Designers often talk about wanting their clothes to have a sense of ease. The new Opening Ceremony collection conveyed something slightly different: a sense of un-hurriedness. According to OC's Olivia Kim, the collection took inspiration from Key West, absorbing the pastel palette of its Victorian houses and riffing on poolside piña coladas by dappling clothes with crystal pineapples. All well and good, but these clothes were a touch too genteel to reflect the Key West ethos; instead, they conjured life in a small Southern beachfront town, the kind of place where good girls wear cute-as-pie gingham dresses, bad girls are slicked out in skin-baring crocodile frocks, and rich girls waft around the country club in cloudy taffeta pants, and for all involved, popping to the shop for a soda represents an aggressive daily agenda. The clothes practically had a drawl.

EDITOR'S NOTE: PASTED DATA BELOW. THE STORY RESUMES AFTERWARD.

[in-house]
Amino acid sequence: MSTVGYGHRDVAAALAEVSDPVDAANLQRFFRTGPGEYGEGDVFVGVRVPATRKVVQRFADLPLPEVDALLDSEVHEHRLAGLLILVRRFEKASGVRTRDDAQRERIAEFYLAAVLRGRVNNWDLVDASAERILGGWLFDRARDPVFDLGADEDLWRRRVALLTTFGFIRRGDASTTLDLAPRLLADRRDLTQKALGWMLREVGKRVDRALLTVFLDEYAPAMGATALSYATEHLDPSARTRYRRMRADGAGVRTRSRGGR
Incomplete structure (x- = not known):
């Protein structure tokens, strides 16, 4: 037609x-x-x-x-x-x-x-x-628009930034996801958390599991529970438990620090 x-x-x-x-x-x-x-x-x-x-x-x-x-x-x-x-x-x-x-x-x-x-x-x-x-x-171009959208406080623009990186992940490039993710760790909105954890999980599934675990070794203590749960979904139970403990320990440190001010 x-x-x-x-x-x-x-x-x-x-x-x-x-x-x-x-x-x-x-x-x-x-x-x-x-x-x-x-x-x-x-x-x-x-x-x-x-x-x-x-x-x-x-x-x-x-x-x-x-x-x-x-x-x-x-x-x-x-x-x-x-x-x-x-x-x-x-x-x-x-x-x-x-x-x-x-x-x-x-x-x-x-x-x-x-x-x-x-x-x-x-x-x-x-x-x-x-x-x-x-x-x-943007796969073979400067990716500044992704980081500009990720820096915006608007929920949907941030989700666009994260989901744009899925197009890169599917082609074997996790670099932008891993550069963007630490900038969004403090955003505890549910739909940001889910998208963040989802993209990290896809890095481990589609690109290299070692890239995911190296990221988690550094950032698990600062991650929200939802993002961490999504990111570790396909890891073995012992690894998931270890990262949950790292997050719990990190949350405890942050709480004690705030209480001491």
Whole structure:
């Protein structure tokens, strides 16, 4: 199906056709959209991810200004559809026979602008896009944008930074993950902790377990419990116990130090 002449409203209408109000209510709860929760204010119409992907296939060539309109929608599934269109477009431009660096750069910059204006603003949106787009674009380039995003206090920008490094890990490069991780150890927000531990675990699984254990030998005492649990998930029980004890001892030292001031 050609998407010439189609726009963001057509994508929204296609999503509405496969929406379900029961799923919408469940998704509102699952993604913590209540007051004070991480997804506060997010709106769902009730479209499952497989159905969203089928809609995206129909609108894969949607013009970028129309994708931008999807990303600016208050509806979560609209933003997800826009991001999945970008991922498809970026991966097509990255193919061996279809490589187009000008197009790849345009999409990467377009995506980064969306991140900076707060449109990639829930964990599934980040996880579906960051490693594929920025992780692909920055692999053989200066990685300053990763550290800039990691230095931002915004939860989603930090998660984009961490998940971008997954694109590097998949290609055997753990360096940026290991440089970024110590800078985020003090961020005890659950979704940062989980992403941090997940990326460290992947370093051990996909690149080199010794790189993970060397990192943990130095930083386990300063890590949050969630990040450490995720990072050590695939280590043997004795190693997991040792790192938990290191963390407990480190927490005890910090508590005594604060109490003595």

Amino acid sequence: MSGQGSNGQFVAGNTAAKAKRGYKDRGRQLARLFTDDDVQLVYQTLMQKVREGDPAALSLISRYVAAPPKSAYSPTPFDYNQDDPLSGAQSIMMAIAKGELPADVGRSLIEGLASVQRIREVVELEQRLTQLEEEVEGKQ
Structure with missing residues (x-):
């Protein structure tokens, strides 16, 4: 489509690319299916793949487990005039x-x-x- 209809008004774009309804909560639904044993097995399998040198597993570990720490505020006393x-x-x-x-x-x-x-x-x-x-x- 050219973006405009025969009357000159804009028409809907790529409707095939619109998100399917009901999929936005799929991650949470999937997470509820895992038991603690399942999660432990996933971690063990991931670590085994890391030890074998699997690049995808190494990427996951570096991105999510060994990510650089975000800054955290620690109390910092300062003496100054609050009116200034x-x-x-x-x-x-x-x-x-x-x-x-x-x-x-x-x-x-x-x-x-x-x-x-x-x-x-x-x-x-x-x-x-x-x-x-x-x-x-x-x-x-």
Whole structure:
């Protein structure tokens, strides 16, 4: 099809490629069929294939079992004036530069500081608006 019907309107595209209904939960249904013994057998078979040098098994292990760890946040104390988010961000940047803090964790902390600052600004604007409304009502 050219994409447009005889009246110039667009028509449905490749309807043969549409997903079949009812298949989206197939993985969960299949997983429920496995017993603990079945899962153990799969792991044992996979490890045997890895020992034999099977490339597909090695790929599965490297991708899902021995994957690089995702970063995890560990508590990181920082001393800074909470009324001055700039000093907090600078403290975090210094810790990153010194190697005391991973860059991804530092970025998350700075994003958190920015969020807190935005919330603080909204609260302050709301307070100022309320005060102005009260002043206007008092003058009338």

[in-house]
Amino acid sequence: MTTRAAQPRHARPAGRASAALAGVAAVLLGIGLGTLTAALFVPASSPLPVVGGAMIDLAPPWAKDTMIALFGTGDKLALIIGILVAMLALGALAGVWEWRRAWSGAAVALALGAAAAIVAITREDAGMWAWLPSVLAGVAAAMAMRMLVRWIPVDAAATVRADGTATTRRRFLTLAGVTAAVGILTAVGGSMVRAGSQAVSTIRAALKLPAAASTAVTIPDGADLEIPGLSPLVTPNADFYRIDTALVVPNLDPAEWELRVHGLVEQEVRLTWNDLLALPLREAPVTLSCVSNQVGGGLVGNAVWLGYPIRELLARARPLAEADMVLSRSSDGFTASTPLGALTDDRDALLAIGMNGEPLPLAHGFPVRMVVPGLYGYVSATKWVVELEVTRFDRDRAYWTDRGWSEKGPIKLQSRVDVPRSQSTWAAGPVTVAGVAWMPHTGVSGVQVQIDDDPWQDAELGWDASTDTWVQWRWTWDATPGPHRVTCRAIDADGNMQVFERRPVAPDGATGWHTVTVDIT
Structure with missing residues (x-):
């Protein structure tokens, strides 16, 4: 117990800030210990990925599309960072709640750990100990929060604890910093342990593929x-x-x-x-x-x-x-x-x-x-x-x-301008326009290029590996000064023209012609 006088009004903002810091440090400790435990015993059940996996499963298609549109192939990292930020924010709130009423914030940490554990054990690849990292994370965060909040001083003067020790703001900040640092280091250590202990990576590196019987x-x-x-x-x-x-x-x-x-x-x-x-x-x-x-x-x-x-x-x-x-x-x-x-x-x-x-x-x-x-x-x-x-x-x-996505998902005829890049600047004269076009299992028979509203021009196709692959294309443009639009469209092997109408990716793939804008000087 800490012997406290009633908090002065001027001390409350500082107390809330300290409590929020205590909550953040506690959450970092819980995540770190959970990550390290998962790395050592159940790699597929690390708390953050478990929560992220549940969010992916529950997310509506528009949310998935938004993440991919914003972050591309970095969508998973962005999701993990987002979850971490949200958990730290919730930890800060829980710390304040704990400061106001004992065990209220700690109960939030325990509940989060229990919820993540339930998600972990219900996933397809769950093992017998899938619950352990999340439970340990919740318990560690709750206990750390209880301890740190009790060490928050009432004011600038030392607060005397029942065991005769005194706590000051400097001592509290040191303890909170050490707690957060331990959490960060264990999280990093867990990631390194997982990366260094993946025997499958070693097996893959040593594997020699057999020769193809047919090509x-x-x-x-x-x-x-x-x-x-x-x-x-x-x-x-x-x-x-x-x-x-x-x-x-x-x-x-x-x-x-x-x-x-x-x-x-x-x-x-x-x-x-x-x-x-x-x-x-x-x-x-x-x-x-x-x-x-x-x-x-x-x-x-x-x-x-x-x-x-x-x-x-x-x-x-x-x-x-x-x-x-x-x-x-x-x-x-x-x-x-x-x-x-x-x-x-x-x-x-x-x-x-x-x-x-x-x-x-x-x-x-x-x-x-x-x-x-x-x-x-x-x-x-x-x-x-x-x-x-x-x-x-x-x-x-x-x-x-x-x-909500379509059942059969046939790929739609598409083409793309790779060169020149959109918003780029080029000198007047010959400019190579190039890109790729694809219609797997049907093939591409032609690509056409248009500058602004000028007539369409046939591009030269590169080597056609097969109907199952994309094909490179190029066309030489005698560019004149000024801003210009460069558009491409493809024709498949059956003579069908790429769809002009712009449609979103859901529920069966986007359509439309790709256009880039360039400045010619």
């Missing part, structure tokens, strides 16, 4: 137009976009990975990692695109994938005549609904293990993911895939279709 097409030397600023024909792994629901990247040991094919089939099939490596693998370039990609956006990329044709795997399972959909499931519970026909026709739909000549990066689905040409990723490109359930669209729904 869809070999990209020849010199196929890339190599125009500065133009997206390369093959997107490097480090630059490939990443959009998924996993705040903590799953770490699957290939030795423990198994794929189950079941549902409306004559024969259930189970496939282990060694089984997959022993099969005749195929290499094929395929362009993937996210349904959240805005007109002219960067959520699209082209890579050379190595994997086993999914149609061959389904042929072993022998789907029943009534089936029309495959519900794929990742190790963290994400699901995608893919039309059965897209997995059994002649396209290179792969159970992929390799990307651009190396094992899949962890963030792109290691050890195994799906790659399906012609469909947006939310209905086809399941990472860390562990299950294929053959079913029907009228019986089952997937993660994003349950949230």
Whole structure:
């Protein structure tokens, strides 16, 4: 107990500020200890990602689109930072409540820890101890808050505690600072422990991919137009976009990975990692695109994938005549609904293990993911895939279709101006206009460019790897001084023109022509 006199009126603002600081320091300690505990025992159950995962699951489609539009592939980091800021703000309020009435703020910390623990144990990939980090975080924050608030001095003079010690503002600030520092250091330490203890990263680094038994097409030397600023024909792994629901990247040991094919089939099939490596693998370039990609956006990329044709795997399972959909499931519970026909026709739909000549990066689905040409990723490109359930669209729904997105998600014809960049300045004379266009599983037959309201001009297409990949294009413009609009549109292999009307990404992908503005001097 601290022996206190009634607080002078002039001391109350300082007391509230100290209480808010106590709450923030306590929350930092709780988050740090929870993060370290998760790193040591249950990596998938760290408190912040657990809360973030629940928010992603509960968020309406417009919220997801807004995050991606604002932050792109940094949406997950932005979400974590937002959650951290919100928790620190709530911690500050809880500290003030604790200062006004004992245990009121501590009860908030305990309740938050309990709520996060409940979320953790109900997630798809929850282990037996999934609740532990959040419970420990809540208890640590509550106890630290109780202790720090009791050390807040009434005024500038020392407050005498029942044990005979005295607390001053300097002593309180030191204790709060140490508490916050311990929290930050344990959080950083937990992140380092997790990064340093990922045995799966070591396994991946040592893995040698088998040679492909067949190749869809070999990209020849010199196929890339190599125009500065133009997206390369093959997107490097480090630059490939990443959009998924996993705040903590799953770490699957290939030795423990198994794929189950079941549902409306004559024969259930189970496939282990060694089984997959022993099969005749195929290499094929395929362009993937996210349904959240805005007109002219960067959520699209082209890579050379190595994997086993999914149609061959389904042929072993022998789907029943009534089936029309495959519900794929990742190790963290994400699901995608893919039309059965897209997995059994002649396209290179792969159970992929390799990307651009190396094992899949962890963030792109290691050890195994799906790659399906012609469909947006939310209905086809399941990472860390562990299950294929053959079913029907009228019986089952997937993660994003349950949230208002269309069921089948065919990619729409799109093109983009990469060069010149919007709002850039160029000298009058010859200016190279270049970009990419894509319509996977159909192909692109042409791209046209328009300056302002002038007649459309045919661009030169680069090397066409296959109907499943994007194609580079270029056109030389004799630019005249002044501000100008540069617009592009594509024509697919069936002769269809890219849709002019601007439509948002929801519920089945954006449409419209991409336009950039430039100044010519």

Of course, Opening Ceremony being Opening Ceremony, there was plenty of frenetic activity concealed in this chillaxed lineup. For instance, this season marked the debut of the brand's sort-of denim range—sort of, in that the jean jacket jumpsuits and motorcycle vests and so on were actually made out of nubby chino. A capsule collection of jersey basics launched as well, while several new styles were added to the fast-expanding range of Opening Ceremony bags. The collection as a whole benefited from the ongoing development of OC's knits, with a particular emphasis this season on pointelles and ultra-fine, glossy sheers. The design team outdid themselves in elaborating their gingham theme, creating intarsia-knit gingham and a squishy technical gingham to go with the collection's traditional cotton pieces; there were also gingham-print sunglasses. Oddly, though, for all the hustle and bustle, there was very little news. The ultra-fine knits and the voluminous taffeta trousers were good additions to the Opening Ceremony vocabulary, and the introduction of jersey and denim (or "denim") was inevitable and perhaps even overdue. But in general, this collection didn't break the OC mold—nor, for that matter, was it trying to.